DIVA, Volume Three of Jillian Larkin’s THE FLAPPERS series, picks up where INGENUE left off.
Gloria has been let out of jail on condition that she work for the FBI. This involves going to a fancy mansion on Long Island, and participating in all the partying that goes on. This part of the novel is really a re-telling of F. Scott Fitzgerald’s THE GREAT GATSBY, aimed towards a younger audience.
At least, in this third (and last) novel, Ms. Larkin ties up all the loose threads, and we feel as if our young friends can now get on with their lives, as they are now more mature after a considerable amount of heartbreak. Suitable for tweens and teens. Four stars.
INGENUE, Volume Two of Jillian Larkin’s THE FLAPPERS series, picks up where VIXEN left off.
Everyone is now in New York. Gloria and Jerome are trying to hide from the mob. Vera, Jerome’s younger sister is frantically looking for them. Marcus has fallen for Clara, who is trying to keep away as her former life as the Queen of the Flappers beckons. And Lorraine is trying to get back at everyone who hurt her in VIXEN.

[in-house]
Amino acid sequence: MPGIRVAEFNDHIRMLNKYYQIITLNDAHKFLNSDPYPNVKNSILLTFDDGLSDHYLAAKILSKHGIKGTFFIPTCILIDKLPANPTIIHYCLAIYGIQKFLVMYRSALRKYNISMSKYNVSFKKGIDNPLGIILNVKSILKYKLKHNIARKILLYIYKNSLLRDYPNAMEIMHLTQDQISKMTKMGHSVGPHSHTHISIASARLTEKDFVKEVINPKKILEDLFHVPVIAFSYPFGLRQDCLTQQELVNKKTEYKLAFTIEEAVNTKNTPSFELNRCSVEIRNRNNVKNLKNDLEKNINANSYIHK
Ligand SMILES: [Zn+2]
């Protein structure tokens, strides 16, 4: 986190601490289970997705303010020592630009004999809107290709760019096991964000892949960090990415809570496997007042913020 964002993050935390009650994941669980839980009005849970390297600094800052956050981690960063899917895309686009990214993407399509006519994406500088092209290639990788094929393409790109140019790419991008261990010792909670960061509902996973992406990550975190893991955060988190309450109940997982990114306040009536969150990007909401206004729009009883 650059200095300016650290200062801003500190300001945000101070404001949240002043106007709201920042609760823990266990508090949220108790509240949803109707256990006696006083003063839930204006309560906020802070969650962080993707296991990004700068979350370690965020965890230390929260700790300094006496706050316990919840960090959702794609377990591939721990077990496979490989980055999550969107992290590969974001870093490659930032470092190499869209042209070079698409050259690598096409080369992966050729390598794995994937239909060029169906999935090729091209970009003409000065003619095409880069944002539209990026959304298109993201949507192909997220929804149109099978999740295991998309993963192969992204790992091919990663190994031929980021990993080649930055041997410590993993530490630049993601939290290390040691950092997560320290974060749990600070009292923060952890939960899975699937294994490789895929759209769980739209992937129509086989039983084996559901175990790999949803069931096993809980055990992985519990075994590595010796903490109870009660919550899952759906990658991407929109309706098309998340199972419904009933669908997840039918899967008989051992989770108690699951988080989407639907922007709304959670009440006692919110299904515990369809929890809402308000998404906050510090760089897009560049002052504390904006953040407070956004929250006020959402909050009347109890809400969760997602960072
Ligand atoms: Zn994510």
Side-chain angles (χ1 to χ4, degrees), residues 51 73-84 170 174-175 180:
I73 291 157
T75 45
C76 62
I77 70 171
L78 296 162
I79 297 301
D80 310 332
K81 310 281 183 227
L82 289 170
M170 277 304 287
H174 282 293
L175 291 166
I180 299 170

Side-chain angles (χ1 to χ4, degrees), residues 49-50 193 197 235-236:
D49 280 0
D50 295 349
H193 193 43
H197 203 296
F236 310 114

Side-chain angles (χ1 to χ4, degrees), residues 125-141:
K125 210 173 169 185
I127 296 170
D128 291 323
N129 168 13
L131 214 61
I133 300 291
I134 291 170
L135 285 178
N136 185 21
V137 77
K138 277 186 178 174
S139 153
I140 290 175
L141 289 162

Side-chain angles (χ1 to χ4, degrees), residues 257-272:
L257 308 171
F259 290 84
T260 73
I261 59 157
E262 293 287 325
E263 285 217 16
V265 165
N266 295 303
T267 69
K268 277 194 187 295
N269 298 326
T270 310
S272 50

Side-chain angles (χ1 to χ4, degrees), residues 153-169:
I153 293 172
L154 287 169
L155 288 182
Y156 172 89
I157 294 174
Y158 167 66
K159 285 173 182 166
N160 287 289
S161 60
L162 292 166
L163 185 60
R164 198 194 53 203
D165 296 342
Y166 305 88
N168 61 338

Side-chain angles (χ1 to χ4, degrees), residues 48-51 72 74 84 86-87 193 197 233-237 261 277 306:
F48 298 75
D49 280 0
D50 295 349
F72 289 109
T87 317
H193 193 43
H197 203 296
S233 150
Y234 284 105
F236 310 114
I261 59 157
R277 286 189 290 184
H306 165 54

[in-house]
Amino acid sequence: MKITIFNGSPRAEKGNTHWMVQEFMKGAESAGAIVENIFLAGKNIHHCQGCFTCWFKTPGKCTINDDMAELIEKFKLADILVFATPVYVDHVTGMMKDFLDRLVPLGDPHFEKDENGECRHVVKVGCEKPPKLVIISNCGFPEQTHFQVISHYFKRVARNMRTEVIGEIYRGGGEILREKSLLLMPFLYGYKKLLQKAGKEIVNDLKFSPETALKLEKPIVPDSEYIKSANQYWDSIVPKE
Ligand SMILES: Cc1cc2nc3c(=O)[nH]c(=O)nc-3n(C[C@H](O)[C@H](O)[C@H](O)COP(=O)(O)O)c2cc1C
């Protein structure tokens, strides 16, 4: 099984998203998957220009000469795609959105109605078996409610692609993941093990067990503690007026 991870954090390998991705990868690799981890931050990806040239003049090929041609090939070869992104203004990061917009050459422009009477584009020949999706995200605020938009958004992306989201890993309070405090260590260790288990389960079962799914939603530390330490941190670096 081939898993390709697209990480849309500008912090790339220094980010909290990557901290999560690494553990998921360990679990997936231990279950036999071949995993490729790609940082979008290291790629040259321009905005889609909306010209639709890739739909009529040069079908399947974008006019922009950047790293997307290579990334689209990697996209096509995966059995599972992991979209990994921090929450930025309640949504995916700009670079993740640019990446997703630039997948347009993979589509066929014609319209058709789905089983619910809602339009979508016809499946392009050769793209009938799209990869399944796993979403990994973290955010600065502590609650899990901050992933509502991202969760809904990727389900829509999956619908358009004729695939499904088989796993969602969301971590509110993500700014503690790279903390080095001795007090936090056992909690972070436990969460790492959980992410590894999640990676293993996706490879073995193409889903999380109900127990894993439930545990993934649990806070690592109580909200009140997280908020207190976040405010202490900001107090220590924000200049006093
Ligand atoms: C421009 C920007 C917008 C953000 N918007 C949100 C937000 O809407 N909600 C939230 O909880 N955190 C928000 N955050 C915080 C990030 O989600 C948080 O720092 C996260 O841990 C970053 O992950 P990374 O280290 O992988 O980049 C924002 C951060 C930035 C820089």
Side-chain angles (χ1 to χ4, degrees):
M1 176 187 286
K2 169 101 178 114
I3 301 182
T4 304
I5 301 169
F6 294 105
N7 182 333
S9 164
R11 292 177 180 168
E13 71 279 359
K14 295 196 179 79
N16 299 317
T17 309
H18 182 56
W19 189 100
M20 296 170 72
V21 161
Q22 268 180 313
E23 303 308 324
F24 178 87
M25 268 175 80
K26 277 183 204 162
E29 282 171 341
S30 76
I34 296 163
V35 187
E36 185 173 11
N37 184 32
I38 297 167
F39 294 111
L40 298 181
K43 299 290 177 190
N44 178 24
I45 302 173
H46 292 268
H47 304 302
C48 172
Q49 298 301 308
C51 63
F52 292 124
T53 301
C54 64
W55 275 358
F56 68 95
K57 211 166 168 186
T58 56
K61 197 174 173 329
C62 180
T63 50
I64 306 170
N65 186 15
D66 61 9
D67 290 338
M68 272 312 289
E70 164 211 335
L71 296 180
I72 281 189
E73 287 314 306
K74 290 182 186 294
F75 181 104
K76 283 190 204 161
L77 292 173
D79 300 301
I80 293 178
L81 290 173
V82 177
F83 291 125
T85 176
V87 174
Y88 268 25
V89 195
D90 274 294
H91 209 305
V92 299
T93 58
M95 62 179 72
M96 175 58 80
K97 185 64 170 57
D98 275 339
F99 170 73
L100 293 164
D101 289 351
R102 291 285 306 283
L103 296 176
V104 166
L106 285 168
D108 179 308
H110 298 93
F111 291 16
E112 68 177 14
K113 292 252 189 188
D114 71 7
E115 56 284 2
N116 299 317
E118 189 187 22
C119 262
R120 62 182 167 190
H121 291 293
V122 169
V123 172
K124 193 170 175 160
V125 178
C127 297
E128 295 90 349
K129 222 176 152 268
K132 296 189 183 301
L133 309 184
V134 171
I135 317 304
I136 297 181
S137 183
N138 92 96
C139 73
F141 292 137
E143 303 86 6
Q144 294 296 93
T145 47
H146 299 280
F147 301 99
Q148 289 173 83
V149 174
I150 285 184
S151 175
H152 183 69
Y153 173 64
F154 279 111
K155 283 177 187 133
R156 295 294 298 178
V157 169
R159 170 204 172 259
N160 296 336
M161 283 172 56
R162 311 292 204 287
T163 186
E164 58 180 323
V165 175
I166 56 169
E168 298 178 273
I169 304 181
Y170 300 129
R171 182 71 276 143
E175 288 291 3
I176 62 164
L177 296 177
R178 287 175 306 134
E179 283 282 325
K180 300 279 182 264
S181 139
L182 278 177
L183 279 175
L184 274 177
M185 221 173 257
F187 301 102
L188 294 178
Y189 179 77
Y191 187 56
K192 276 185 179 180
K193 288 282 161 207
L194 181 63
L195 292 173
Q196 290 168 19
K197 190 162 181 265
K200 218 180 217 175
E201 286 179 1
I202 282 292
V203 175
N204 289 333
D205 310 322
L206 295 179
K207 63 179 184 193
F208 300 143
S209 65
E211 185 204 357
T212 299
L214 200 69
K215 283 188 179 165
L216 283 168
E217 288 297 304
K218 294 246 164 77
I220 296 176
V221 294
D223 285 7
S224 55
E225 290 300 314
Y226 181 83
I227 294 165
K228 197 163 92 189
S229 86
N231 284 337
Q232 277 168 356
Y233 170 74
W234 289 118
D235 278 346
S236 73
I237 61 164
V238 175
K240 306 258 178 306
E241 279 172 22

A fast entertaining read, this novel will give today’s teens something new to think about. Four stars.
Jillian Larkin’s VIXEN is the first volume of her series THE FLAPPERS set between 1923 and 1925 in Chicago and later in New York. What is remarkable about this novel is the use of such wonderful flapper slang as “spifflicated,” “jake,” “swooney,” “sheik,” and “sheba.”
This first novel is set in Chicago, as a group of 17-year-old high school seniors skip school to go to speakeasies for a night on the town. Unfortunately, they get embroiled with the mob.
This first novel sets up the problems that wind through the rest of the series. So we learn that rich debutante Gloria Carmody falls for a black musician. That Clara, her cousin, has left a racy past back in New York. And that Lorraine has been accepted by Barnard in New York, conveniently across the street from Columbia, where her heartthrob Marcus is going.
As you can tell from the description, this is not serious stuff, and it is aimed at a young audience. There is nothing here about shell shock, or about the horrors of the Great War. However, if you like your 1920s served lite, this is the book for you. Four stars.